Gamelan Son of Lion, Mark Steven Brooks, Spin-17, Alan Lamb, Ryoji Ikeda, Pete Namlook, Bill Laswell

Many years ago, I started a blog named Juxtaposition Ezine. Here’s a column I from a series I was working on, until I finally folded the blog.

Visitation #11

New Gamelan/New York
Gamelan Son of Lion
(GSOL CD-1)

Gamelan Son of Lion is both a New World gamelan and a new music group. Not only are GSOL continuing tradition, but they are contributing and extending it by writing new music for the ensemble. Although the entire CD is noteable, here’s some highlights:

  • Laura Liben’s Piece for Peace in the Middle East features tuned bamboo angklung rattles in different time signatures.
  • Mark Steven Brooks contributes some short movements in Four Dances for Balinese Angklung.
  • A digital gamelan of sampled wine glasses perform Kebyar Leyak by David Simons. Spooky vocal sample snippets from a TV documentary on UFO’s are included (I recognize this material!).
  • The clarinet in co-founder Daniel Goode’s Slendro Clarinet makes one forget that the clarinet is from Europe!
  • Jody Kruskal, David Demnitz and co-founder Barbara Benary also contribute pieces.

One of few ways of exposing yourself to the percussion ensemble music of Indonesia as filtered through the West. Highly recommended.

Hopefully someday the Gamelan in the New World lp’s on Folkways will be re-released on CD.

Writhing to the Occasion
Mark Steven Brooks
(Elaterium Records EL-6)

Gritty improvised electronics from the producer of the Gamelan Son of Lion CD (see first review, above). Cubic (in three parts) for computer generated sound brings us electronic night life and various other alien landscapes. In Prelude and Solo #3 for digitally processed theremin, Brooks caresses the instrument to produce sliding tones and then releases them into the ether, echoing and blooming into a cloud of processed reverb. No Still Point and Threnody are both for digital synthesizer yet seem influenced by his work with the theremin. A refreshing leap beyond the usual. Jump in – the electronic soup is great!

Spin-17
(Quodlibet QLCD001)

50:56 minutes of pure fun and mayhem. A free wheeling skip through rock, jazz, free improv, music concrete, dj turntable frennzy, skronk opera, studio manipulation, toy instruments and anything/everything else…twisted electronics, 20th century clarinet, heavy guitar, tapes, tape manipulation and turntable acrobatics by Ed Chang vs. vocal extremities, turntable gymnastics, toys, gizmos and more heavy guitar by Motoko Shimizu. Includes a nod to John Cage with a performance of Aria. Not for the weak of heart – nothing stays the same for more than a few seconds – take a step beyond and fall off the edge. Recommended.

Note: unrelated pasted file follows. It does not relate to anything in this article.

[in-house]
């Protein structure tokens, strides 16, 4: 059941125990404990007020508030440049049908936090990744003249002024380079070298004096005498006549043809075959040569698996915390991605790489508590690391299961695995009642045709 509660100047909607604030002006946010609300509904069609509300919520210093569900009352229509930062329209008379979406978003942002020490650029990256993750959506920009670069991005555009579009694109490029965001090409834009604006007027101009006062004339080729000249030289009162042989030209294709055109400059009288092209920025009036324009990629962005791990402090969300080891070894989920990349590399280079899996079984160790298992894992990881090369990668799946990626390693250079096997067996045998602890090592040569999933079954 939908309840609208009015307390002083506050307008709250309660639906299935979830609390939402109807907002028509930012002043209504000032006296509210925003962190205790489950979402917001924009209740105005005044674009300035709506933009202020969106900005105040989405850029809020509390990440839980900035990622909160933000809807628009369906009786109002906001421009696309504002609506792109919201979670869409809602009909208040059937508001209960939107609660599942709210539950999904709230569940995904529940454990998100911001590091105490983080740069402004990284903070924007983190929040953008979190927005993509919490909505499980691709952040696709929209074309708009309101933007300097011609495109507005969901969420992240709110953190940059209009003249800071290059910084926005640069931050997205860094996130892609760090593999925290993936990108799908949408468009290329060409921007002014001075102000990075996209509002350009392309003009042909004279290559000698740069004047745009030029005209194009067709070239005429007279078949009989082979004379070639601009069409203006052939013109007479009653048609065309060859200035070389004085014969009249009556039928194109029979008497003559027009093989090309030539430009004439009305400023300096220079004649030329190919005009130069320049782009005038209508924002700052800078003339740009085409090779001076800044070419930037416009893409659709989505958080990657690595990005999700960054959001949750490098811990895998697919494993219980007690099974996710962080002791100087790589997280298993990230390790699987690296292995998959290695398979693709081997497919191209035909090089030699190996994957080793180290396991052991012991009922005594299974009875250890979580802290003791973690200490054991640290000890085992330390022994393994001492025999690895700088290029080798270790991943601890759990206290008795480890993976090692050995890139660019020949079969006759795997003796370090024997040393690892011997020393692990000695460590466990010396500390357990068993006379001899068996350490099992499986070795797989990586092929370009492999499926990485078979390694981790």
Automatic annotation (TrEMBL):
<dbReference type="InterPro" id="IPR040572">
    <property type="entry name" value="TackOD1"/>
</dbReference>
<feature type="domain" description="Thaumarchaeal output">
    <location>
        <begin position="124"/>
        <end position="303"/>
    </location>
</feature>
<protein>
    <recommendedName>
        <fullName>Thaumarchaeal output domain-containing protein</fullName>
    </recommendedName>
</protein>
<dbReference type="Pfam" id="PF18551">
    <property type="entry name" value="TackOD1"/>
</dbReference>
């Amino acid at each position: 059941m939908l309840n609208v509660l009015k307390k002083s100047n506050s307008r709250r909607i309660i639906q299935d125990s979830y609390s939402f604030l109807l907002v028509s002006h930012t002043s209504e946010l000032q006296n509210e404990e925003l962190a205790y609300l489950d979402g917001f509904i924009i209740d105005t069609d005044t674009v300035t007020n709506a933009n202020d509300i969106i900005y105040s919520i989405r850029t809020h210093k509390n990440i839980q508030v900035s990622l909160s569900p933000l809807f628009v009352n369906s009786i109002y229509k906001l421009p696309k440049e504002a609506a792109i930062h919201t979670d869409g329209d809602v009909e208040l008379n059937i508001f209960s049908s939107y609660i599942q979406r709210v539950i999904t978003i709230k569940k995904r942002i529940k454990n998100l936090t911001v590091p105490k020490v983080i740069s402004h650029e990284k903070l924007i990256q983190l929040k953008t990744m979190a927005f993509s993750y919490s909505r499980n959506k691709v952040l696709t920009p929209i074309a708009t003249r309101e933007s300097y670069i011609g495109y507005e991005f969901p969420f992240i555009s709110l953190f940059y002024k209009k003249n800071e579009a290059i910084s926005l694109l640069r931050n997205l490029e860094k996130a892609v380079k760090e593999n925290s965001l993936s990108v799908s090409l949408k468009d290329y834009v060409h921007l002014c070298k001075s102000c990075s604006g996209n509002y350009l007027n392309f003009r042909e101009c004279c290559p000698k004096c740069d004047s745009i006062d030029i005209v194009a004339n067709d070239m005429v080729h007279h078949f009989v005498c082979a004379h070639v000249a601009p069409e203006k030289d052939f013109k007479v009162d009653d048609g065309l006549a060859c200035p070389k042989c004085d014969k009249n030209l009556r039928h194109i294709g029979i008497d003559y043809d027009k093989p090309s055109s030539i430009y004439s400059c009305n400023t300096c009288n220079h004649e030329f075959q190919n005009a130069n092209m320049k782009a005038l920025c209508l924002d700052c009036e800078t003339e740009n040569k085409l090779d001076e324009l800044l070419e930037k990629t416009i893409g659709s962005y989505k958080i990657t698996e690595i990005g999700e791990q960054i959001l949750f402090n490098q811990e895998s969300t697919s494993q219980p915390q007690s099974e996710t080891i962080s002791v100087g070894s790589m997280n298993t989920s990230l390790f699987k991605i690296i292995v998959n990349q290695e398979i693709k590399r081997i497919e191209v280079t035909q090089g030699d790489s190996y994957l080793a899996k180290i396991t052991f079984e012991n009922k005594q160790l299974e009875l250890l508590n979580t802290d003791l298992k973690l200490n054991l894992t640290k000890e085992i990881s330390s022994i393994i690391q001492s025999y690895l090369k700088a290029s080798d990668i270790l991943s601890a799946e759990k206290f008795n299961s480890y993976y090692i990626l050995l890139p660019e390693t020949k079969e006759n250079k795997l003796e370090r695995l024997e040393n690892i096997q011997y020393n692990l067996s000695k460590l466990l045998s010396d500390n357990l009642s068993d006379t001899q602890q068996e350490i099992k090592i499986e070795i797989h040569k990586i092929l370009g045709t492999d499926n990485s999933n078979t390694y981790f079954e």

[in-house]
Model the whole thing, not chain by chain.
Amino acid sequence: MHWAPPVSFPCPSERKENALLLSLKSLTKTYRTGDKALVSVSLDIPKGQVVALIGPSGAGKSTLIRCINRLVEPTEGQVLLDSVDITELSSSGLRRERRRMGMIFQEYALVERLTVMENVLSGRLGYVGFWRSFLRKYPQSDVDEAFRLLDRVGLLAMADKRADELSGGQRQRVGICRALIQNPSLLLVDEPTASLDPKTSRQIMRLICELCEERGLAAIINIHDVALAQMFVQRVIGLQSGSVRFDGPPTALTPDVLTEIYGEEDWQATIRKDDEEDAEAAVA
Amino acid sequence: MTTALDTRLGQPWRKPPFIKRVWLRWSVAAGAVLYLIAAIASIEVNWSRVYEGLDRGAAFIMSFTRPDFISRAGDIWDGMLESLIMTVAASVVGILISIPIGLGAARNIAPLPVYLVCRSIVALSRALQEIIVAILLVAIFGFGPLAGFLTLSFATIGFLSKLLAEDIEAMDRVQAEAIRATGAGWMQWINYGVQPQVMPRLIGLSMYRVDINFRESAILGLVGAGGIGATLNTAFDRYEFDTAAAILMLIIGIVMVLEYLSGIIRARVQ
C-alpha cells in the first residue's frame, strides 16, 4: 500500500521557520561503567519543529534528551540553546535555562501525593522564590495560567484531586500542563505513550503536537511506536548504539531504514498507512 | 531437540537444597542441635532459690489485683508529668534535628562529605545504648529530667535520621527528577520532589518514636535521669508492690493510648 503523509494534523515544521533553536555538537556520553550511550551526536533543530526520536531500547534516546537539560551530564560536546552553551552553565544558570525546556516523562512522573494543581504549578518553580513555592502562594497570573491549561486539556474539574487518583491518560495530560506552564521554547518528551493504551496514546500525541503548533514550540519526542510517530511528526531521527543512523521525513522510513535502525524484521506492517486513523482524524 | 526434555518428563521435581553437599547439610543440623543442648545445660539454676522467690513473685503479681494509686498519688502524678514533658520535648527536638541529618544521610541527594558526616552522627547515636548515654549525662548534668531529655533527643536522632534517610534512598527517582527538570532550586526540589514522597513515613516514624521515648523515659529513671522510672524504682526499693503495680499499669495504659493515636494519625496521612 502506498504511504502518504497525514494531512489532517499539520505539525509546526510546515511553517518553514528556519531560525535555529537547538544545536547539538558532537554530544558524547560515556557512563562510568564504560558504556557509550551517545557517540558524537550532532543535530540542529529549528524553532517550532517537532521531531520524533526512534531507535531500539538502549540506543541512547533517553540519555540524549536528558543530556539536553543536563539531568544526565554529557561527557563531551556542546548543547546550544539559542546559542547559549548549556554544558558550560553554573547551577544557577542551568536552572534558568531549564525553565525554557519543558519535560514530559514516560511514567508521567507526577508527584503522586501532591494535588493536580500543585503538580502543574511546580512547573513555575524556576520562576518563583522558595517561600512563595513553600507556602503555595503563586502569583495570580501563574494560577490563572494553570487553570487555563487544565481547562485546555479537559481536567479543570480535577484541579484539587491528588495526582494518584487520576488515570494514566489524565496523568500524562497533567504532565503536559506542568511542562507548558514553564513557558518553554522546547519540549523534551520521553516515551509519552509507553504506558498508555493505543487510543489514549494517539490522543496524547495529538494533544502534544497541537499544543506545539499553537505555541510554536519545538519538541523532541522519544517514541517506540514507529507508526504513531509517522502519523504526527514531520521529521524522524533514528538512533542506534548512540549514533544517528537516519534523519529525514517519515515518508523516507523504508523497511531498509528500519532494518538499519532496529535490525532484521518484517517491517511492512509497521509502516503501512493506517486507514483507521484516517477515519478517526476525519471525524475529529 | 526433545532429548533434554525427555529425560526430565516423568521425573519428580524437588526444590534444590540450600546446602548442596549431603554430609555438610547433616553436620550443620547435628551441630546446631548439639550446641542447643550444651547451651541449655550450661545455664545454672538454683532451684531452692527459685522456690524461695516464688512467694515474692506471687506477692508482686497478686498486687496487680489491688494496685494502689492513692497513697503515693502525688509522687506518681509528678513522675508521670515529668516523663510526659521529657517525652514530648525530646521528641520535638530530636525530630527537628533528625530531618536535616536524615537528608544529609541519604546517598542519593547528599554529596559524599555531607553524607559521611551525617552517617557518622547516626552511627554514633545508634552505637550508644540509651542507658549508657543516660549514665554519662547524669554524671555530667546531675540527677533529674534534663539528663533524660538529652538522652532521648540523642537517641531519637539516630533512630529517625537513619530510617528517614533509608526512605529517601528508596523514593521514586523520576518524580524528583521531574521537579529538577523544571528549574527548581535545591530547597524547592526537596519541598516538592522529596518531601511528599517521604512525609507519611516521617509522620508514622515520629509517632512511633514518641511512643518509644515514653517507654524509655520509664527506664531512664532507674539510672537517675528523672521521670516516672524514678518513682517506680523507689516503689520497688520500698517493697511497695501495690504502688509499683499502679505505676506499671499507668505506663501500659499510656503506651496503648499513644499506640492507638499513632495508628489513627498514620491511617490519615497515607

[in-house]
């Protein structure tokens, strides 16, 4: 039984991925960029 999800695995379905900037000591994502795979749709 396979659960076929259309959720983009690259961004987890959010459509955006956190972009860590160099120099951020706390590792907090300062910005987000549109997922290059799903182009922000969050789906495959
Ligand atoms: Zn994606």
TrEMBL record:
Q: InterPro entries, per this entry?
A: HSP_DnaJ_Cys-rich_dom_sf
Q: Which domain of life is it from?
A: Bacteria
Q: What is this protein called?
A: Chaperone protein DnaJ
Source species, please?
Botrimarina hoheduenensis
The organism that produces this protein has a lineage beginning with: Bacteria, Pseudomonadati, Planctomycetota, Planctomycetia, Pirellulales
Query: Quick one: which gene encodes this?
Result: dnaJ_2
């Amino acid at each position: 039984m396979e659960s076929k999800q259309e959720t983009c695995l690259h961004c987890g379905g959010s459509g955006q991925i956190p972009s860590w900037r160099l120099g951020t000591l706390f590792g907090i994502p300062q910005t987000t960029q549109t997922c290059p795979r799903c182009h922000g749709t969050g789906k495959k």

Original Masters – Night Passage
Alan Lamb
(Dorobo 013)

These last three new recordings are by people who have been reviewed on this site before. Telegraph wire sound artist/musican Alan Lamb’s Night Passage has finally been released, the de-mixes by studio wizards Ryoji Ikeda, Thomas Köner, Lustmord and Bernhard Günter having been released a while back. Lamb’s music is found on abandoned telegraph wires and recorded.

The best stuff is edited in to these recordings without any studio manipulation. What you hear is the original recording of wires shifting in the wind. See the Juxtaposition Ezine review of his Night Passages de-mixed for more info.

O°C
Ryoji Ikeda
(Touch TO:38)

Ryoji Ikeda is back with his follow up to his +/-, this one is called O°C. Zero degrees centigrade? Minimal reverb, minimal samples. Full of beating, beeping, ticking, ambient moments that give way to thumping electronics. A truly gifted use of silence and hard edged electronics. His last cd made Juxtaposition Ezine’s Notable releases of 1997. “Sine tone madness. Extreme beep music. Really high notes. Really low notes. Really cool too.” “I love it. Zen techno rock garden of boops and drones. Sort of like a friendly MRI.”

Outland III
Pete Namlook & Bill Laswell
(FAX PW 37)

And last, but not least…is the last in the Outland trilogy of collaborations between FAX label guru Pete Namlook and bassist/producer Bill Laswell – Outland III. Some signature Namlook beats…some timeless floating ambient. Not quite up to the standards of Outland I, this sounds like Laswell wasn’t there for the mix down, his trademark thumpy bass just isn’t thumpy enough. Is this the end of the union of Namlook & Laswell? Let’s see what happens…stay tuned.

dB
8/4/1998

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